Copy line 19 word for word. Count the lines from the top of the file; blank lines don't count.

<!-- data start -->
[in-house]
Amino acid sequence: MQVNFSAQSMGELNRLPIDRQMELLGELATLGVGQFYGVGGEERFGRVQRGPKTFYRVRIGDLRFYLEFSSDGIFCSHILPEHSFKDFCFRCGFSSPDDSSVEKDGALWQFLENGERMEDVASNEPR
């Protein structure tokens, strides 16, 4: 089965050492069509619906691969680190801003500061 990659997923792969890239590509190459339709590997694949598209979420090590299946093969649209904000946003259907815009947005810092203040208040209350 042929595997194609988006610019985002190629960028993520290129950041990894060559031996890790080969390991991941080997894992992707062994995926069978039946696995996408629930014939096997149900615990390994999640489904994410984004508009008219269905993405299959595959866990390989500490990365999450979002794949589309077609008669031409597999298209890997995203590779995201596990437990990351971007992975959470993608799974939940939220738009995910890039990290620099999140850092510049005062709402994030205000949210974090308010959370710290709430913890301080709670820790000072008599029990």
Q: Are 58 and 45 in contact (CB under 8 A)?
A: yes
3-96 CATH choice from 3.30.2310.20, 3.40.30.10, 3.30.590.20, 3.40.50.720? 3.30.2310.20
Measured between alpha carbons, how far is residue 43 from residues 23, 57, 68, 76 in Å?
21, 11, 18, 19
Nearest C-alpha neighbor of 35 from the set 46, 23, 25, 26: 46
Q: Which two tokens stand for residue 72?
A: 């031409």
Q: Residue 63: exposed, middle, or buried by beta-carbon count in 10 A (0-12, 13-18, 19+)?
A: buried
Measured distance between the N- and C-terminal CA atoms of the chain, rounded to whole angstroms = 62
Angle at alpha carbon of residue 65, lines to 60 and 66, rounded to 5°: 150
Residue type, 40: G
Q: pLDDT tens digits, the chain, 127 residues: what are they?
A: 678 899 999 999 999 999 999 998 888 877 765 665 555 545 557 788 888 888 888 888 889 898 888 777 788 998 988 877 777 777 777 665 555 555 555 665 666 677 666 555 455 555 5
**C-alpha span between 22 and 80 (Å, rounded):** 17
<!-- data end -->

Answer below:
**C-alpha span between 22 and 80 (Å, rounded):** 17